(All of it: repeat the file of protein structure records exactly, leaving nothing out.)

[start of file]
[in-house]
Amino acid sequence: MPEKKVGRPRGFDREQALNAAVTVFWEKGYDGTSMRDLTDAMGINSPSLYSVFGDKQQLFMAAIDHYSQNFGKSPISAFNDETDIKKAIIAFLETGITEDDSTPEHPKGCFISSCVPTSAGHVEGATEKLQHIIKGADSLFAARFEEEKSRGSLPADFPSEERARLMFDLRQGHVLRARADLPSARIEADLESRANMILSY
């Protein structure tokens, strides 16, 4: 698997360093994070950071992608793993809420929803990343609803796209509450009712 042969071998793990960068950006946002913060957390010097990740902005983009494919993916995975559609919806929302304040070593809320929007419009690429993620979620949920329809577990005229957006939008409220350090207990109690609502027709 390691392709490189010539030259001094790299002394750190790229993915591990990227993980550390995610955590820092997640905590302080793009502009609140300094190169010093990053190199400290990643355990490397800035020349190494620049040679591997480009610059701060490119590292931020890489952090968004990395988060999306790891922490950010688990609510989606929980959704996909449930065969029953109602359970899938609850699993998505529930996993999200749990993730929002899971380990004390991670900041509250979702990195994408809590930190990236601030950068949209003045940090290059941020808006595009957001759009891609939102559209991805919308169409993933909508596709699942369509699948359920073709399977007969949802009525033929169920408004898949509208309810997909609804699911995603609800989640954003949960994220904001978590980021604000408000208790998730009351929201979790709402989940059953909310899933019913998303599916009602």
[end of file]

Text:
[in-house]
Amino acid sequence: MPEKKVGRPRGFDREQALNAAVTVFWEKGYDGTSMRDLTDAMGINSPSLYSVFGDKQQLFMAAIDHYSQNFGKSPISAFNDETDIKKAIIAFLETGITEDDSTPEHPKGCFISSCVPTSAGHVEGATEKLQHIIKGADSLFAARFEEEKSRGSLPADFPSEERARLMFDLRQGHVLRARADLPSARIEADLESRANMILSY
């Protein structure tokens, strides 16, 4: 698997360093994070950071992608793993809420929803990343609803796209509450009712 042969071998793990960068950006946002913060957390010097990740902005983009494919993916995975559609919806929302304040070593809320929007419009690429993620979620949920329809577990005229957006939008409220350090207990109690609502027709 390691392709490189010539030259001094790299002394750190790229993915591990990227993980550390995610955590820092997640905590302080793009502009609140300094190169010093990053190199400290990643355990490397800035020349190494620049040679591997480009610059701060490119590292931020890489952090968004990395988060999306790891922490950010688990609510989606929980959704996909449930065969029953109602359970899938609850699993998505529930996993999200749990993730929002899971380990004390991670900041509250979702990195994408809590930190990236601030950068949209003045940090290059941020808006595009957001759009891609939102559209991805919308169409993933909508596709699942369509699948359920073709399977007969949802009525033929169920408004898949509208309810997909609804699911995603609800989640954003949960994220904001978590980021604000408000208790998730009351929201979790709402989940059953909310899933019913998303599916009602």